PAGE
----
Featured Image; Navy personnel pushing helicopters off the deck of an aircraft carrier to make more room on the deck for refugees fleeing the fall of Saigon at the end of the Vietnam War. One of my favorite pictures of all time. Poetic in how simply it shows the defeat of advanced technology.
Man, you could write a book, and I mean a giant scholarly tome, about the shifts in genre and perception of the genre within Cyberpunk during the 2010’s. I hadn’t realized just how much the genre had changed until I ended up watching Cyberpunk: Edgerunners and Ghost In The Shell: Stand Alone Complex at around the same time (By the way, the first iteration of this series was about GiTS:SAC and you can read it here (EMBED)). Because that was a trip. Both are cyberpunk anime, with cyborg main characters, based on a work of 80s cyberpunk. And yet.
GiTS:SAC dates from the early 2000’s, and was created as a new entry in the GiTS franchise as its own continuity, separate from the manga and movies. As a result, it oozes the 2000’s, often acting as a veiled commentary on the politics and culture of the era. Think terrorism, wars, wars on terrorism, message boards, chatrooms, that kind of thing. This isn’t going to be the first thing that I’m writing about SAC, because it’s dense with this stuff. Love this show, man.
Meanwhile, Cyberpunk: Edgerunners was created in 2020 and 2021, and released earlier this year, as a promotional vehicle for the 2020 videogame Cyberpunk: 2077, based on Mike Pondsmith’s 1988 tabletop rpg Cyberpunk. Now, I wouldn’t say it’s retro, because it really isn’t – it’s retro the same way that SAC is, which is that you can see the 80s there, but it isn’t trying to purposefully copy the style. But, it feels like an 80s anime OVA man. One of the tapes your dad rented from the weird video rental store before it went bankrupt around 2017, full of gore and nudity. It rocks.
But this isn’t a review. Basically, in the 20-ish years between Ghost In THe Shell, Stand Alone Complex and Cyberpunk: Edgerunners, there has been a massive change in the cyberpunk genre, and these 2 series in particular demonstrate it perfectly, since they both have the same bones in 80’s cyberpunk. So let’s get to it: Cyberpunk has become…less dystopian feeling?
Now, don’t read it like I’m saying that Edgerunners isn’t dystopian. Night City is a pretty stark place! Corporations run the city, cops are corrupt, you have to literally sell your soul to make it. What I’m saying is that dystopia has become sexy and badass. It’s kinda aspirational. While GiTS:SAC has a lot of the same, it’s also a significantly less attractive setting (infact, if you really think about it, the world of GiTS:SAC is a better place to live than Night City in Cyberpunk Edgerunners, which is really funny). It’s the perfect example of how the culture surrounding the genre has changed, and how that reflects on the way art in the genre is written. It’s pretty undeniable. Here’s my argument; there have been 3 big shifts in cyberpunk from the early 2000’s to now, and that’s made it feel less dystopian.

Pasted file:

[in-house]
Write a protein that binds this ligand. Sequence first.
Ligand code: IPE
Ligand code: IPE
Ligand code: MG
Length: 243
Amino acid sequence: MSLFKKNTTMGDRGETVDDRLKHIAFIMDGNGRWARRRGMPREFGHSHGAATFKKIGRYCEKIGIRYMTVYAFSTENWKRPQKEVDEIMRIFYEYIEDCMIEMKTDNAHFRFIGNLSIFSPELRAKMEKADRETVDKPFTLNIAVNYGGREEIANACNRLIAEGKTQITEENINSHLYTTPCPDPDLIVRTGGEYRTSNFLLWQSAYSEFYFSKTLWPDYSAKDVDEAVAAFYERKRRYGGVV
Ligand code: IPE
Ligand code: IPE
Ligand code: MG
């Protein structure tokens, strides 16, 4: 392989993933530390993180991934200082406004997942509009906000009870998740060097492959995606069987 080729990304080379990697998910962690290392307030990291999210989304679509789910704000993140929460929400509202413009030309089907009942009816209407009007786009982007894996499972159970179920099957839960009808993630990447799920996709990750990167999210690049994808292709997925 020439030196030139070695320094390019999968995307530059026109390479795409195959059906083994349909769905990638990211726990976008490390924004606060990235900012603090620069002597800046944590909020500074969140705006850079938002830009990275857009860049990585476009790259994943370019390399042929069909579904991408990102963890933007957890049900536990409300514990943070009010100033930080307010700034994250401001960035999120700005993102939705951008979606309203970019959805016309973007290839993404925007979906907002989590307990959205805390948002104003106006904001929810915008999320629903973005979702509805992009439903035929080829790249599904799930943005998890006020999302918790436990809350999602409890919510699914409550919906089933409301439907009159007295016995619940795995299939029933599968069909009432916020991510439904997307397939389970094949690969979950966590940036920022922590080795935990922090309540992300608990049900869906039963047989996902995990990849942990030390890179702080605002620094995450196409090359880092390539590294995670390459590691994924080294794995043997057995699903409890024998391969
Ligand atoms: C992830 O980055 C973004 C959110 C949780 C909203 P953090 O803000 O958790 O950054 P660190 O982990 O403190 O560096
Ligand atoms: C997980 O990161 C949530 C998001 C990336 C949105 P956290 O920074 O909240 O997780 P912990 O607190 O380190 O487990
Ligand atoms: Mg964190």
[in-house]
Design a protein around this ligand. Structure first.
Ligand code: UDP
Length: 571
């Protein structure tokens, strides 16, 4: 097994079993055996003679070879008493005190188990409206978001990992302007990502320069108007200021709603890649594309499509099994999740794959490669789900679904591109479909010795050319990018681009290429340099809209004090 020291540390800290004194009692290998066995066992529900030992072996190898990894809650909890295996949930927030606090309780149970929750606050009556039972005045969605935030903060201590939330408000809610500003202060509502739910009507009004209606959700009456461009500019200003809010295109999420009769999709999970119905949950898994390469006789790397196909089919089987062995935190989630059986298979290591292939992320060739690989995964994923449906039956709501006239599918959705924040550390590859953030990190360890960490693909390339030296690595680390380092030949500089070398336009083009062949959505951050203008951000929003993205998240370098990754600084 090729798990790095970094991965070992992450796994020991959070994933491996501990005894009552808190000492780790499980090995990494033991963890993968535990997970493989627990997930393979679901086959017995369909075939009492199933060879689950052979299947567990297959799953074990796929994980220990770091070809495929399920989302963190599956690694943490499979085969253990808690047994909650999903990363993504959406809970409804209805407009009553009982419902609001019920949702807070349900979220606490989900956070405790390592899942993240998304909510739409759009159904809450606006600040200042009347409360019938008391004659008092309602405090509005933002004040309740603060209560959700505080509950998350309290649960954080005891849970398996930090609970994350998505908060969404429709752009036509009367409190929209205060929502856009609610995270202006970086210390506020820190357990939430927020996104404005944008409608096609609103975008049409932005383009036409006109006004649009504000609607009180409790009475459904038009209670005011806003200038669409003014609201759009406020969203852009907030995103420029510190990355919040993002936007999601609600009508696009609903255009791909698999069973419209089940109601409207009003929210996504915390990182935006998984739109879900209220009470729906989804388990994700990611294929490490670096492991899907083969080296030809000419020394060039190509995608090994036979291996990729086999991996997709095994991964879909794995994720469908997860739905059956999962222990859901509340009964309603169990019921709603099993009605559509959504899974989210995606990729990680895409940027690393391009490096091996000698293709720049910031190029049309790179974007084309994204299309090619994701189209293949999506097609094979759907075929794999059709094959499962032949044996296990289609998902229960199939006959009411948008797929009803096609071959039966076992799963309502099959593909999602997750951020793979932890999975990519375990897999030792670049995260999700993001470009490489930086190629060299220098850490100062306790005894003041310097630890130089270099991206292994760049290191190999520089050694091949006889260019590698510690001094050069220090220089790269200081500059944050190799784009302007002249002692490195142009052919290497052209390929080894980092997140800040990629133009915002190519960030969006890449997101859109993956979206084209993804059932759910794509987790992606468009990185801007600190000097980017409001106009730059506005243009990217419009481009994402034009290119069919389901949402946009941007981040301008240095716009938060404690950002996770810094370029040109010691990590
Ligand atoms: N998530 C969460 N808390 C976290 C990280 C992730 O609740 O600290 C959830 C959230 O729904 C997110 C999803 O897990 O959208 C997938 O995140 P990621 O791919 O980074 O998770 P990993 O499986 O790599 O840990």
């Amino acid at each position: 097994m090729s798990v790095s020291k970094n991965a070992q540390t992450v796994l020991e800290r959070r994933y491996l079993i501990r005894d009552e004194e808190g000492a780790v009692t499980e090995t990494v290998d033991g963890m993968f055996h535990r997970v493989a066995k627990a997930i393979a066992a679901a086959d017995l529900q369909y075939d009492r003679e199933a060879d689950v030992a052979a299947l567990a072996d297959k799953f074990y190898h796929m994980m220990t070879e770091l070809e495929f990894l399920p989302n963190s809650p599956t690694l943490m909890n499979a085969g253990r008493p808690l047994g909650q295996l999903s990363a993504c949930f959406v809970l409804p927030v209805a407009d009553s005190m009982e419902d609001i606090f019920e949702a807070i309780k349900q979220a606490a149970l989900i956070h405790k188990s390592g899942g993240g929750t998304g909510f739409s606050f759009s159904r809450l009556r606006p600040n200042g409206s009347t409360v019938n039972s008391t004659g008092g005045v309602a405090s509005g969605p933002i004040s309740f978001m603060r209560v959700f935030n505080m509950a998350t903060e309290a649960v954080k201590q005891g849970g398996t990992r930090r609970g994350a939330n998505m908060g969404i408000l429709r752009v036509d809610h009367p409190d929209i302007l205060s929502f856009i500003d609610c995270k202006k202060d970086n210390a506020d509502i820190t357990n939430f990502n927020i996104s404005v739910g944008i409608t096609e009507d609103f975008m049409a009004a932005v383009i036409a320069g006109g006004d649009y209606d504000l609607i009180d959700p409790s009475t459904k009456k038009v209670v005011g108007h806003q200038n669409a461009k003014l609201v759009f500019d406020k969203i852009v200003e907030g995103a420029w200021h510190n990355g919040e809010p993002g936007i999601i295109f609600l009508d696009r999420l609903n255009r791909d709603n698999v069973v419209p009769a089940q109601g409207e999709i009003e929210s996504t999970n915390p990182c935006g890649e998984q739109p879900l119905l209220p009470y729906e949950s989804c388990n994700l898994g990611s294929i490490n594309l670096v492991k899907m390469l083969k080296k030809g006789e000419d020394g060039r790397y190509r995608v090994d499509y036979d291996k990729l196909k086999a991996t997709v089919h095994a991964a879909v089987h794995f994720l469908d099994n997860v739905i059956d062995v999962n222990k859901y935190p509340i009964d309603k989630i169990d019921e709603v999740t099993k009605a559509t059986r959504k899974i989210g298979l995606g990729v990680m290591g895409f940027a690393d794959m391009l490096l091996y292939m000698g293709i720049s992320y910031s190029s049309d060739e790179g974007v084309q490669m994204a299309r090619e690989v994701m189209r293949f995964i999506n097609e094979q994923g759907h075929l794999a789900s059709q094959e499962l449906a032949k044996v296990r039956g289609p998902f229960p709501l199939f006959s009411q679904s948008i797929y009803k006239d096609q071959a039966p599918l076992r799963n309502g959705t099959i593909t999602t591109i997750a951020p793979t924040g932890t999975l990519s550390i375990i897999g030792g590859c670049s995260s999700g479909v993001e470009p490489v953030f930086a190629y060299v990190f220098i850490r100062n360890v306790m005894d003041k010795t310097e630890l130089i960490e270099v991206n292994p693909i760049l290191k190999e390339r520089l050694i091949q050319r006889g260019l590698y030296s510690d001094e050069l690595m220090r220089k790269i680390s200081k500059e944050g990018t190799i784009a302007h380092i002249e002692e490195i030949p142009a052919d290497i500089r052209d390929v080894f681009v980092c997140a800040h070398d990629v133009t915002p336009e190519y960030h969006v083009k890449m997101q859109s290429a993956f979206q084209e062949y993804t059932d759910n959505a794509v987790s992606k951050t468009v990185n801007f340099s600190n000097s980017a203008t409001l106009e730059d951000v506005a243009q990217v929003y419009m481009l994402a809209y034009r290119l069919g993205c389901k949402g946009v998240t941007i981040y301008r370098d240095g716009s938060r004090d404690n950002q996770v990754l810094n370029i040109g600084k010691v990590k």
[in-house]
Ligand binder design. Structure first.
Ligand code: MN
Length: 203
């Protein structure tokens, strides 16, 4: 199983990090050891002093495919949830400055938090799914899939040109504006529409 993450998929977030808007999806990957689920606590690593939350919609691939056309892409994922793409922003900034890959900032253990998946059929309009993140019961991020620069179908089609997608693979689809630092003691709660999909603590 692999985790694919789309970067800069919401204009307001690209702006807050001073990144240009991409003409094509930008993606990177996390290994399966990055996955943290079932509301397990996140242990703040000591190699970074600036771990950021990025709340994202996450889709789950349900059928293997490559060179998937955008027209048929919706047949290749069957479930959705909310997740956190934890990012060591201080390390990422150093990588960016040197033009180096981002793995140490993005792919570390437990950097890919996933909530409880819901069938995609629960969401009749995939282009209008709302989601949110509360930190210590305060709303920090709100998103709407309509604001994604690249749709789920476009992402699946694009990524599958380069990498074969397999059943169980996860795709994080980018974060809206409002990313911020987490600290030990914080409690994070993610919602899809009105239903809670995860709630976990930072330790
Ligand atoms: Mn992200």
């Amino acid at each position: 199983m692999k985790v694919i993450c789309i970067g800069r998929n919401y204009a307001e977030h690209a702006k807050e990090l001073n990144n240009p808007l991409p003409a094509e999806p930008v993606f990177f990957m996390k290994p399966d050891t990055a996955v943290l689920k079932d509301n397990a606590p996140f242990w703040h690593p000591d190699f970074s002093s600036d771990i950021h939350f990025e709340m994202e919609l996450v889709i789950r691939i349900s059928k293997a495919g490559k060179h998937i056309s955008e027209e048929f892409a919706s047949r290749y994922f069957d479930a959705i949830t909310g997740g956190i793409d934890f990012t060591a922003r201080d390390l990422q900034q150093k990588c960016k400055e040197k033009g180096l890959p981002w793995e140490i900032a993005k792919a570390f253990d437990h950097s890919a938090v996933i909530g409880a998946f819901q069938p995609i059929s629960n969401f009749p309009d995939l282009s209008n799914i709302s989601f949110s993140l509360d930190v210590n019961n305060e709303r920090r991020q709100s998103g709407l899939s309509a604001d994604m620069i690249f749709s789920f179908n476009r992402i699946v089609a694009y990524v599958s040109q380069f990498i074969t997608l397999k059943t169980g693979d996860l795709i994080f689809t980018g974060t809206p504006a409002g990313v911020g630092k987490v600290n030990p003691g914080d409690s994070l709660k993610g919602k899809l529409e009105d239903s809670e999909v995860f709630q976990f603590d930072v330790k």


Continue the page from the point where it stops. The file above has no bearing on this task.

So first, we need to get to how political Stand Alone Complex is. I don’t mean this just in the sense that it talks about the political issues of the day – it does, a lot – but that politics as in how the government works is a huge part of the show. Essentially every episode involves a political crisis – a minister of a government agency goes rogue, for example. It’s full of veiled references to political events within Japan – one episode, for example, is basically just a retelling of the 1960 assassination of the chairman of the Japanese Socialist Party, Inejiro Asanuma. Quite a few discuss the remilitarization of Japan – something that was extremely relevant in the 2000’s, where the Japanese Self Defence Forces were deployed, possibly illegally, to participate in the Iraq War. But it isn’t there to show a certain perspective, but rather to illustrate the world and how it works. We see the political processes that make sure things get done, but also how they fail and how that hurts regular people. Politics, within SAC, is part of the storytelling, which necessarily means showing how dystopian the world has become. We see precisely who is powerful, how they are powerful, and how bad that is.
Cyberpunk: Edgerunners on the other hand has no real politics (again, I mean in how the government works). Corporations and cops essentially rule Night City, but we don’t really see how – there’s no plotting in a smoke filled room, or elections, or decision making at all. This is important – the reason why politics is relevant is to show us how power operates – in the show, we just don’t see that. Why and how corporations and cops rule the city, or how they screw people over beyond the limited things we see is just a non-factor. This is a key factor, I feel, in why the show and cyberpunk in general feels less dystopian. Politics, it turns out, is important, and Cyberpunk is now often in a kind of fantasyland where politics just don’t really exist, or when they do it’s just saying “corporations run things”. Without seeing how power operates, you’re left with a dystopia that amounts to the fact that people are poor.